Have the Premier League and the television broadcasters ever taken the fans into consideration regarding match organisation?
So just as the summer was getting underway, we were all getting ready at in front of our televisions, tablets and phones to eagerly await the return of football. No not the World Cup, but the release of the Premier League fixtures in all their glory.
It’s one of those moments of the year that gets all football fans excited to some degree. Whether it’s the newly promoted sides looking for a big name or the big names looking for a good start, we all know we’re all looking for the first Derby of the season! It’s that moment we know the season is just around the corner.
Fixture release day is a date in the football fan’s diary almost as anticipated as the draw for the FA Cup 3rd Round, but should we really be planning that far ahead nowadays? The football fixtures not only lay out the season but also give the supporters, especially the visiting fans, the heads-up to organise and plan their trips accordingly.
That is, until the Premier League, Sky Sports, BT Sport and now Amazon Prime decide to sit down in their comfy boardrooms and decide how they’re going to carve up the next few months of the season at a time.
For all the great coverage and bluster the release of the fixtures get, it now feels more of a calm before the storm because we all know what comes next. We’re told x, y and z games will be played on these dates etc, but we all know that’s not the case.
Our second thought is now, will that be moved for TV? There are so many fans who travel the country supporting Everton, probably one of the best away followings in the Premier League, but how can they organise all this when they don’t exactly know what’s happening? It’s not a simple wait for the fixtures now, it’s sadly come down to waiting for the broadcasters to make up their minds.
It’s been the case on several occasions that fans have expressed their dismay over having booked trips weeks in advance, just to be told that the game has been switched. Now this can’t be right surely? After all, aren’t the fans the lifeblood that keep the multi-billion pound football engine running?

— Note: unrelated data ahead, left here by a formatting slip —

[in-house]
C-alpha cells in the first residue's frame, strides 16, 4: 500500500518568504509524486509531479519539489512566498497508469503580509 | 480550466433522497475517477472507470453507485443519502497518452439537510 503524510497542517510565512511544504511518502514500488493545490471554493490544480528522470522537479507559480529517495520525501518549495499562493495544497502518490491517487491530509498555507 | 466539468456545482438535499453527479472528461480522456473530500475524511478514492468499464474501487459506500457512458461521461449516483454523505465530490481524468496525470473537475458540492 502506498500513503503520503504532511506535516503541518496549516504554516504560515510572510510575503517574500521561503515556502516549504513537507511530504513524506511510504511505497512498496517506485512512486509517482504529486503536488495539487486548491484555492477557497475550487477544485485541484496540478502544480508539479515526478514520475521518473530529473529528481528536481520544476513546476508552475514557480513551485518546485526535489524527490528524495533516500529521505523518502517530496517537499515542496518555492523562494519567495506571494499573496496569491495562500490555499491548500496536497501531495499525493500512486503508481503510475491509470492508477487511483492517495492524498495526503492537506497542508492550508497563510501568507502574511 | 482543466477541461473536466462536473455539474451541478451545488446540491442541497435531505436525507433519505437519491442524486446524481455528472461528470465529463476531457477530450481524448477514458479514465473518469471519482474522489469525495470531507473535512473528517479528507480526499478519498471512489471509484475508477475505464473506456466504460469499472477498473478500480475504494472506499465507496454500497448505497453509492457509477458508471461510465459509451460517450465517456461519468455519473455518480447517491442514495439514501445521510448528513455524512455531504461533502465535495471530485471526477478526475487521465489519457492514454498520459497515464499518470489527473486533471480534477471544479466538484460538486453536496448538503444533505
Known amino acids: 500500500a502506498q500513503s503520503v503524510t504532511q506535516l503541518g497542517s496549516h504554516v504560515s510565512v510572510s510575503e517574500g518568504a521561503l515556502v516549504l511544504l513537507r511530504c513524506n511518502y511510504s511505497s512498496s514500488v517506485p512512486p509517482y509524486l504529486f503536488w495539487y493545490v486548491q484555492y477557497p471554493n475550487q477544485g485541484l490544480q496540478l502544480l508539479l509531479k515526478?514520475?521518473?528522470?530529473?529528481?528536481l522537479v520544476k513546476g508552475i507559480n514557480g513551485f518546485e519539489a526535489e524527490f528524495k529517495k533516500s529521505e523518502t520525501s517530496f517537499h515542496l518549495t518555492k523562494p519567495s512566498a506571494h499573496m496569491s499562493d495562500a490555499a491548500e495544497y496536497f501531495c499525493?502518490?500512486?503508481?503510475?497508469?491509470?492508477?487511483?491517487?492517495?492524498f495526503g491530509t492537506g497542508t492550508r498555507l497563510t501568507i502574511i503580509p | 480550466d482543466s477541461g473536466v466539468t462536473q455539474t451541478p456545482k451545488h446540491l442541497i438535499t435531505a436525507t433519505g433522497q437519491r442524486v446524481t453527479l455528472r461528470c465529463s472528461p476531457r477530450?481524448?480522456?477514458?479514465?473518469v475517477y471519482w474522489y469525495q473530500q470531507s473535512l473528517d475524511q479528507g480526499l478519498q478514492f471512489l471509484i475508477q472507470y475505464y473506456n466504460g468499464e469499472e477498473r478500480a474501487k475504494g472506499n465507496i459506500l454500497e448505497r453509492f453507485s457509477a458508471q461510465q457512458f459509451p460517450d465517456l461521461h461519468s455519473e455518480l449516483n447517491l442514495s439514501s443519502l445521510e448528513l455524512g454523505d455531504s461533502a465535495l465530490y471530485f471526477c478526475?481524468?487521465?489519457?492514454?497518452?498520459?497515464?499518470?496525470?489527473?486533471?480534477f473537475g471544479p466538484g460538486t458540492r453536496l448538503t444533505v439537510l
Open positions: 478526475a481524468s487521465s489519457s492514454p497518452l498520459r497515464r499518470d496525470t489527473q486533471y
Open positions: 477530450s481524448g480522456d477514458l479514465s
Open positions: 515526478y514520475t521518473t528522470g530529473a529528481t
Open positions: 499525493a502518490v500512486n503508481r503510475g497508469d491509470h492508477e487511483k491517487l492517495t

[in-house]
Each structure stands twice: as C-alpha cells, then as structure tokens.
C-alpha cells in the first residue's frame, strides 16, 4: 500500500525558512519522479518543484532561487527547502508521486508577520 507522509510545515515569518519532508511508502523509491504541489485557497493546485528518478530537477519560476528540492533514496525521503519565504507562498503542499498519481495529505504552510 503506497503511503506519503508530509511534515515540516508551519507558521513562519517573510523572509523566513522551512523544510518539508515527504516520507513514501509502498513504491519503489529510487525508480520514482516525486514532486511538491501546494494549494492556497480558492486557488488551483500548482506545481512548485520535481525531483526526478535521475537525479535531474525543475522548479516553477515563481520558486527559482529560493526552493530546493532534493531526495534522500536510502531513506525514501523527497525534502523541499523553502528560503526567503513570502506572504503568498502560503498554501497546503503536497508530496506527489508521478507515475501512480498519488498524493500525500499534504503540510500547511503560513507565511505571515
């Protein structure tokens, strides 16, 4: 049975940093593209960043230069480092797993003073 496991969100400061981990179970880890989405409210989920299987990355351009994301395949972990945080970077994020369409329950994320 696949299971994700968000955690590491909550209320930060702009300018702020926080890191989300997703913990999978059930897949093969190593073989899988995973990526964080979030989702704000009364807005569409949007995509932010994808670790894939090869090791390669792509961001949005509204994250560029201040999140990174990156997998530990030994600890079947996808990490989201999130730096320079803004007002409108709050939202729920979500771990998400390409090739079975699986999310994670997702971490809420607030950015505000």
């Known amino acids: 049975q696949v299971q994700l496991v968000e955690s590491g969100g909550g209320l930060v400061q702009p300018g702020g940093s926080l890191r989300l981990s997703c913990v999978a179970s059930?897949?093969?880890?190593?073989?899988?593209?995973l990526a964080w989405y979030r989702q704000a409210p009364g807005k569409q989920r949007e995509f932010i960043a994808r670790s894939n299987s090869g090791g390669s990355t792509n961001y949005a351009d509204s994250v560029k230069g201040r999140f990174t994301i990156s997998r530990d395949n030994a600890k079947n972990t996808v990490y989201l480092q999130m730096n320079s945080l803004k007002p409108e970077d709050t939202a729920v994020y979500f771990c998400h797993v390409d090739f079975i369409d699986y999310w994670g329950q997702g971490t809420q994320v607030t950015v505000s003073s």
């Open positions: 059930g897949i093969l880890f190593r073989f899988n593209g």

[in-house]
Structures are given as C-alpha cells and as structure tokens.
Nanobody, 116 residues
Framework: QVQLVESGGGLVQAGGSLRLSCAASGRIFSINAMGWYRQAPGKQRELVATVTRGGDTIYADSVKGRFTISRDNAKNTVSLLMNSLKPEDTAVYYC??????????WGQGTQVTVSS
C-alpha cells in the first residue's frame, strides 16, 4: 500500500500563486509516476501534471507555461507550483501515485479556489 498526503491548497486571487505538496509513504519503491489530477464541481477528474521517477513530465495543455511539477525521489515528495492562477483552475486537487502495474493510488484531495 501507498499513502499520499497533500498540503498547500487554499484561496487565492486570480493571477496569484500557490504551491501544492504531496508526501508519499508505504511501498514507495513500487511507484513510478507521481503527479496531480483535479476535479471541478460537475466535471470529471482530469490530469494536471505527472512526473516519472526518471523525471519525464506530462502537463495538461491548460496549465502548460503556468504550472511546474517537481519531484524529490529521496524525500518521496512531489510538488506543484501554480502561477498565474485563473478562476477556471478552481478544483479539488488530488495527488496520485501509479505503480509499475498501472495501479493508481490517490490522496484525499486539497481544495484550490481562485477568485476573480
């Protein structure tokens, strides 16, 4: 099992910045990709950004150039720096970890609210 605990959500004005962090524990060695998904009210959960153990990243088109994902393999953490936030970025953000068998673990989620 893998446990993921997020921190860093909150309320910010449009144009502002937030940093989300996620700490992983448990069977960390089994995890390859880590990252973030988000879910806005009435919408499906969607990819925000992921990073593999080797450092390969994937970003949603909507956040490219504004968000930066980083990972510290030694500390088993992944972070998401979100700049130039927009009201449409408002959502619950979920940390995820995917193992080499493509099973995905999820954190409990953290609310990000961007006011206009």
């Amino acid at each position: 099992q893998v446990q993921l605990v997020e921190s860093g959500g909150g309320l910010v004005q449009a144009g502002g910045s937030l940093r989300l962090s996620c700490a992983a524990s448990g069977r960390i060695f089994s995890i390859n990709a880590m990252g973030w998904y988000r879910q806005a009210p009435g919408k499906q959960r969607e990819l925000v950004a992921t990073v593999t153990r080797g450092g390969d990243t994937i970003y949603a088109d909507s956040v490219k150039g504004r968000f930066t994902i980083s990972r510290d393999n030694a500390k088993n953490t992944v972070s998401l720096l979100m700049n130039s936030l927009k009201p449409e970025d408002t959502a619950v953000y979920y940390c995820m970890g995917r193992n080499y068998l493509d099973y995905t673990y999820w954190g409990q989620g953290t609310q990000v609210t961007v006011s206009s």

Indeed, we see more and more international fans making the pilgrimage to their favourite team’s home stadiums, and then see their meticulously planned trips fall apart when games get shifted for the broadcasters. How is that helping promote the game, or tourism within the UK?
So how can they be continually shortchanged in this way? Surely the fans aren’t happy with the way this is continually dealt with, both home and away?
A small Twitter poll I conducted suggests that 87% of those who voted felt that the TV broadcasters have far too much influence on football and it’s schedule. Add to that, 85% felt that they should try to take fans’ circumstances into account when reorganising the fixtures. After all, how many times have Everton had the early away game in the south recently, or similar cross-country jaunts which either entail an overnight stay or leaving before the crack of dawn?
So would the Premier League even bother to look at a possible solution to this? Wouldn’t the idea of looking at the mid-week schedule of games to ensure, or at least try to, avoid fans having to endure far-flung away trips on a Tuesday, Wednesday or even Friday night? But when it comes down to it, isn’t that just part of football. Isn’t the long away trip what makes football special? Surely that’s what makes football the game it is, the camaraderie of a few beers on the coach or train and obviously a few renditions of the latest Cenk Tosun ditty. Deep down, that’s part of what football really is.
However, that doesn’t really help the fan who can’t organise their schedule because Sky or BT have yet to get their fingers out. How about those fans? Wouldn’t the most obvious solution be for the Premier League and it’s affiliated broadcasters, to get together before the fixture release, and hash it out amongst themselves? Wouldn’t that make more sense, even if it’s for say three months ahead at a time?
At least at that point it’s finalised and done and fans can start making their plans. It’s certainly a better option to what we have now, isn’t it? You could almost liken it to excitedly opening a present on Christmas morning, being eager to get going, then finding you don’t have any batteries, all the stores are closed and you can’t really get up and going for another few days.
There has been the growing feeling among local supporters that with the explosive growth of the Premier League abroad, the entire operation is becoming more oriented towards keeping international audiences happy at the expense of the fans who live within the country.
It’s high time that the Premier League showed that they do indeed care for the domestic fans. The movement of the “Twenty’s Plenty” for away tickets has been widely seen as a positive amongst fans, so surely these major organisations see that supporters have many issues when travelling away. It wont solve every issue in football, but it could be gesture that shows they do actually care. Well, maybe just a little!
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Our thanks to Everton season ticket holder and lifelong fan Neil for his guest feature on Royal Blue Mersey this week. Read more of his work here - One Blue’s View.